G-20 Data Gaps Initiative II: Meeting The Policy Challenge
International Monetary Fund (IMF)
affiliation not provided to SSRN
The G-20 Data Gaps Initiative (DGI), which aimed at addressing the information needs that were revealed by the 2007/2008 global financial crisis, concluded its first phase and started a second phase (DGI-2) with the endorsement of G-20 Finance Ministers and Central Bank Governors in September 2015. The DGI-2 recommendations maintain the continuity of DGI-1 but reflecting the evolving policy needs focus more on datasets that support the monitoring of risks in the financial sector and the analysis of the inter-linkages across the economic and financial systems. The paper presents the DGI as an overarching initiative, bringing together various statistical frameworks for a complete picture of the economic and financial system to support the work of policy makers.
G-20 Data Gaps Initiative II: Meeting The Policy Challenge – Introduction
A widely accepted old lesson is that “Good data and good analysis are the lifeblood of effective surveillance and policy responses at both national and international levels1.” Indeed, reliable, comprehensive and timely information is essential to assess the risks and vulnerabilities facing economies as policy making relies on a correct assessment of such risks and vulnerabilities.
In 2007/2008 the problems in the financial systems of a number of advanced economies, including the U.S., spilled across borders to affect the rest of the world. As the financial sector was at the center of the crisis, the G-20 economies supported a number of actions for the reform of the financial sector regulatory framework. Even though a lack of data was not the main reason for the crisis, it would have been possible to detect risk build ups had the right data been available at the right time. To this end, the identification and addressing of information gaps were among the action items for the reform of the financial sector leading to the G-20 Data Gaps Initiative (DGI). As the initiative is about to start its second phase, this paper explains how the DGI is meeting policy needs.
Responding To Policy Needs: The DGI
How the Evolution of Economic Thinking Over Time Affected Statistics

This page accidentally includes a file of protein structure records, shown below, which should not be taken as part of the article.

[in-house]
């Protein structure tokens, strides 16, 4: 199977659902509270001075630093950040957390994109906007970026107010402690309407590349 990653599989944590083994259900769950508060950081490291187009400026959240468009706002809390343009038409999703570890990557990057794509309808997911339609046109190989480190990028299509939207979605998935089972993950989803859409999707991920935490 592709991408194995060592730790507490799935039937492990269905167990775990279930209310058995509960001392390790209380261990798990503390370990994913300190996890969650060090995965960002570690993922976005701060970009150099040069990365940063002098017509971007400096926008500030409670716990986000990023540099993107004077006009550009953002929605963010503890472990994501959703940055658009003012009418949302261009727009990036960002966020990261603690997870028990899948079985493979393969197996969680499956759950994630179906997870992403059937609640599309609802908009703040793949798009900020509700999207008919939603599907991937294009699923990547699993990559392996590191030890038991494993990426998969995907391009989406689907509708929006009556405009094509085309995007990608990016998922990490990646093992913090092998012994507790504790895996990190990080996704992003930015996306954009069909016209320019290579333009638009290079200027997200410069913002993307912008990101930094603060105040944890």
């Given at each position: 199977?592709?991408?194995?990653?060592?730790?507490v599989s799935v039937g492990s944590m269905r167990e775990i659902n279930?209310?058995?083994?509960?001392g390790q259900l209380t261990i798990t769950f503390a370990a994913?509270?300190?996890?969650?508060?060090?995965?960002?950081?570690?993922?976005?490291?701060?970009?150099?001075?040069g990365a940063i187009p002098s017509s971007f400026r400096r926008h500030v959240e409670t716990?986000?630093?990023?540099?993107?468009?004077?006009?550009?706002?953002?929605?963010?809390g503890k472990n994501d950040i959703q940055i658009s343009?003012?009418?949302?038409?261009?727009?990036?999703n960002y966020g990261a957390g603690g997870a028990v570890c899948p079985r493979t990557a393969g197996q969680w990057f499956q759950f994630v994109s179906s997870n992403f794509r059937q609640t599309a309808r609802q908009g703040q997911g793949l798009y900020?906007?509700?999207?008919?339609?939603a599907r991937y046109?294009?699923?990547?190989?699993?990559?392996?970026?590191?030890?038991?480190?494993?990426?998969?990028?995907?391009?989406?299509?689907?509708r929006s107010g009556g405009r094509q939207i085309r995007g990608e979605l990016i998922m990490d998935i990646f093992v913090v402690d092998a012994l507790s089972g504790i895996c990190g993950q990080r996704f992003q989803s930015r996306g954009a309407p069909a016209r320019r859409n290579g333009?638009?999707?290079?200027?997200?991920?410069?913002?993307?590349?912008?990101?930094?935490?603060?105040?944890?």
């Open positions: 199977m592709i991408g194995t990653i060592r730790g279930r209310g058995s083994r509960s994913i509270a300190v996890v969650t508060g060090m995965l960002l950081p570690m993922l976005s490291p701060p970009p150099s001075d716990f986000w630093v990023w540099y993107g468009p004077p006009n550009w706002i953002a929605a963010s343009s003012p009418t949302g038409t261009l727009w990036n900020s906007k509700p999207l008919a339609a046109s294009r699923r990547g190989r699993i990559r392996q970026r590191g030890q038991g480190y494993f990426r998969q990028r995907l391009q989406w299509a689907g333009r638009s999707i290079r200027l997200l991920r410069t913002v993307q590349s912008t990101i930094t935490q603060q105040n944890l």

Recognizing the need to strengthen economic and financial data following a crisis is not new. As the economic and financial systems evolve as a consequence of market developments and financial innovation, information needs change. Looking back in history, crisis events have always acted as triggers to question the nature, quality, and availability of data needed for policy making.
The Great Depression of the 1930s is a good example of fundamental advances in economic statistics. As policy makers began to more actively manage the economy and particularly aggregate demand, the intellectual and policy focus came to be concentrated on demand and supply factors in the economy, and on transactions rather than stocks. As a result, the System of National Accounts (SNA), which still remains the overarching framework of macroeconomic statistics, was developed in late 1940s, and the first IMF Balance of Payments Manual was published around the same time.
The capital liberalization trend which started in the 1980s brought new opportunities for investment but also new risks and vulnerabilities, domestically and across border, leading to a growing policy focus on financial stability.2 These developments have necessitated a rethink of macro-prudential and monetary policies3 and also the related statistical frameworks. When the Mexican Crisis occurred in 1994/1995, international capital flows and a lack of relevant information were central. IMF responded with the establishment of two key standards for the dissemination of a core set of economic and financial data: the Special Data Dissemination Standard (SDDS) and the General Data Dissemination System (GDDS). The SDDS was intended for countries with access to international capital markets while the GDDS focused on countries that needed to develop their statistical systems.
In 1997/98 the Asian crisis revealed the need for better information on reserve and reserve related activities as forward sales of foreign currency contracts by the Bank of Thailand were seen as having masked the true pressure on international reserves. As a result, a Reserves Template was developed and the SDDS was strengthened by the addition of requirements on reserves and foreign currency liquidity data.
Due to the global imbalances and the associated discrepancies in income flows at the global level, the first IMF Coordinated Portfolio Investment Survey (CPIS) was launched at end 1997, to improve statistics of holdings of portfolio investment assets in the form of equity, long-term and short-term debt securities. The strengthening of Bank for International Settlements (BIS) International Banking Statistics (IBS) and the increasing adoption by countries of the IMF’s Balance of Payments Manual has been prevalent throughout the past two decades.
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